Since the economic slowdown in 2008, investors have slowly started to shed their domestic fund bias and started to search the world for greener pastures. As one of the most diverse markets, Asia has become a haven for both risk adverse and long term investors looking for firms in developed economies, and a home for the bold and calculated emerging market investor looking for strong returns. As a number of ETFs represent both strategies, it is no surprise that sometimes funds eat into each others’ inflows.
With over 25 Asia Pacific Equity ETFs on the market, the majority focus on a single country at a time; Australia, China, India or Japan to name a few. ETFs that offer a broader hold on the Asian market can be a powerful play for investors looking for total market exposure
Meet the Competitors
VPL and GMF separate themselves by being the largest multi-country funds in the space, boasting over $2 billion and $500 million in total assets under management, respectively. VPL consists of over 800 firms, with a strong tilt towards financials and industrial firms located in Japan, Australia, South Korea and New Zealand. GMF has the majority of its holdings in China, Taiwan and India, with more focus in technology and energy [try our Free ETF Head-To-Head Comparison Tool].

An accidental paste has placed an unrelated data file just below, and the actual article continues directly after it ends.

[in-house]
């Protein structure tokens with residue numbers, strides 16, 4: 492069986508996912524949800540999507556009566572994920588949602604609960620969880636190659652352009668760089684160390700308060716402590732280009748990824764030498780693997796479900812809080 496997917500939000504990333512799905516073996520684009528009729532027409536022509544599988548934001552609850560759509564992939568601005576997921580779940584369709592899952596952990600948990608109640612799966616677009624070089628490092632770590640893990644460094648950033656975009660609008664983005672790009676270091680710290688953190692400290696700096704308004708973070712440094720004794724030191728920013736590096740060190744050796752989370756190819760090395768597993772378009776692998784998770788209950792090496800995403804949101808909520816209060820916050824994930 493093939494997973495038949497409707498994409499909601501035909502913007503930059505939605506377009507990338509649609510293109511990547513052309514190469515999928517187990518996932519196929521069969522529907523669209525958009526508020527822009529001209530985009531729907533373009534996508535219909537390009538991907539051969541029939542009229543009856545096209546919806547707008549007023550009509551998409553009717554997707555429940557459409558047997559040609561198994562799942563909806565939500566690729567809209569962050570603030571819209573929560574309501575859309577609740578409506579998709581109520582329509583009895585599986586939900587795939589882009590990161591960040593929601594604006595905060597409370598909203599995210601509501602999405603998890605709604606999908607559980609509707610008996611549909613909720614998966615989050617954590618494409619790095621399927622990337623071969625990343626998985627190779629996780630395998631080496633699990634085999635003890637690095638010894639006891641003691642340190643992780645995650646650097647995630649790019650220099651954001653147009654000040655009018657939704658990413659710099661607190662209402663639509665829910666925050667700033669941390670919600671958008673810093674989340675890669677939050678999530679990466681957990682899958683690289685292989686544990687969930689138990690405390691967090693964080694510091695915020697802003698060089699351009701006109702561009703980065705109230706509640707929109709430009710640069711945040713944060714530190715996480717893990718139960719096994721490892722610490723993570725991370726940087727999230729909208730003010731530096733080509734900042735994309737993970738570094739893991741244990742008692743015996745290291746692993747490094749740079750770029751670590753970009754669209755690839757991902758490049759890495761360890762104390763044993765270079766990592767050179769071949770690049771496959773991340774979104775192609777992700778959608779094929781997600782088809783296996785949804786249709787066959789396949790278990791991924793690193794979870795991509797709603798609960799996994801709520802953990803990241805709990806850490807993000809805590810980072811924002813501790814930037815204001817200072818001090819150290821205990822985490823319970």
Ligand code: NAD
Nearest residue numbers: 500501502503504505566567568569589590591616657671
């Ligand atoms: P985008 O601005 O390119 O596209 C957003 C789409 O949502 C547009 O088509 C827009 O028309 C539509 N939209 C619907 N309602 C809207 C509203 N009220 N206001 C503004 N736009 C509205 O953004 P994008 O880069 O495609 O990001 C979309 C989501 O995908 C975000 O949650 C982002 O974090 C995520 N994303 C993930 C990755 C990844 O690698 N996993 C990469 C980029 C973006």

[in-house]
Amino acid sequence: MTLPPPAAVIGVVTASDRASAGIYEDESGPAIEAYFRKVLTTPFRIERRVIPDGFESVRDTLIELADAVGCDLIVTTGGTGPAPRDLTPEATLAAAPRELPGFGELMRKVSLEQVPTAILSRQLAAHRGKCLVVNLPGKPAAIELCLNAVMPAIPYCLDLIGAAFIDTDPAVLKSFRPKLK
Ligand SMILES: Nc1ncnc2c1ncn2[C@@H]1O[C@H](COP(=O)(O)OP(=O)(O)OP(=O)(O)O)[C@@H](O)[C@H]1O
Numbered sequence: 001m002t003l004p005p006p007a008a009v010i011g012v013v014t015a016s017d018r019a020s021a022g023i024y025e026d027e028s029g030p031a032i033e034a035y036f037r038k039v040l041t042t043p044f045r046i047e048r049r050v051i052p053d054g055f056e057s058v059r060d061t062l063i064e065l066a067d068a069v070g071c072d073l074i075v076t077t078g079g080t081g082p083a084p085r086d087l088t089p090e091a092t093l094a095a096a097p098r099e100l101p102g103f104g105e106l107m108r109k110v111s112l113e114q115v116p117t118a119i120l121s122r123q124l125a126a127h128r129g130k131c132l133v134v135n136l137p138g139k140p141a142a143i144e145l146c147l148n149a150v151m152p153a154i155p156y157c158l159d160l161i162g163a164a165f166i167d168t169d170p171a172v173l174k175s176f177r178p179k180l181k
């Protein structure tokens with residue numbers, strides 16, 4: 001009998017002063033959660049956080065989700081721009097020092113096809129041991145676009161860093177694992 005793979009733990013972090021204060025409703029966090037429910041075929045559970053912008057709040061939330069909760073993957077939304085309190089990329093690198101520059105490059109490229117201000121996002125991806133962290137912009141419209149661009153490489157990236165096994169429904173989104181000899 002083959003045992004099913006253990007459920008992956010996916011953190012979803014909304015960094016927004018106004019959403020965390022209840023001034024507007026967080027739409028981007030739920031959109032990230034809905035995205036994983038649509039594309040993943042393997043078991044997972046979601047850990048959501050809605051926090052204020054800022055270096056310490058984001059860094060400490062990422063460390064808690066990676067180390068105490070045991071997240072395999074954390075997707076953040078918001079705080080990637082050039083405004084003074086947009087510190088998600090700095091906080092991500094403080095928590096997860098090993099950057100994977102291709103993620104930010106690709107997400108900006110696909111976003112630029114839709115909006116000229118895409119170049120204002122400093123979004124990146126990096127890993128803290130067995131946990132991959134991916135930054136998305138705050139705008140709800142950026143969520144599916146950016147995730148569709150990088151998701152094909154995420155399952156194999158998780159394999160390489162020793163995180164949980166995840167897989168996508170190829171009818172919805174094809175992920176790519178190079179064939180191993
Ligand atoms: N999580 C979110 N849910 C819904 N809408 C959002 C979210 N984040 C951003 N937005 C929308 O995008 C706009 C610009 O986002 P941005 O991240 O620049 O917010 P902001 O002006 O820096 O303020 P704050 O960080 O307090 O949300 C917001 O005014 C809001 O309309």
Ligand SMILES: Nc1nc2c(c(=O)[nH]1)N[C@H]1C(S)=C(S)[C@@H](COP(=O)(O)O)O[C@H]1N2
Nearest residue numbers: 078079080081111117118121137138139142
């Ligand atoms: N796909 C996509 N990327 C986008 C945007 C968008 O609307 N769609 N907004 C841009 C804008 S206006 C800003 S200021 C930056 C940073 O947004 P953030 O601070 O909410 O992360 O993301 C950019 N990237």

It does not take long to figure out that the inflows of GMF are more sporadic than that of VPL. The State Street product only bested its Vanguard competitor in 2009 and 2010 when emerging markets were seen as a safe haven for cash and VPL saw an outflow of $132 million compared to GMF’s inflow of over $338 million. There are pros and cons that come with investing internationally, including currency risks, liquidity and industry concentration, and these are amplified in emerging markets. However, GMF has proven that when markets in developed nations are down, there is a rush to any fund offering a return [see also 7 Answers To The Critical Questions On Investors' Minds].
Follow me on Twitter @lynpaintzall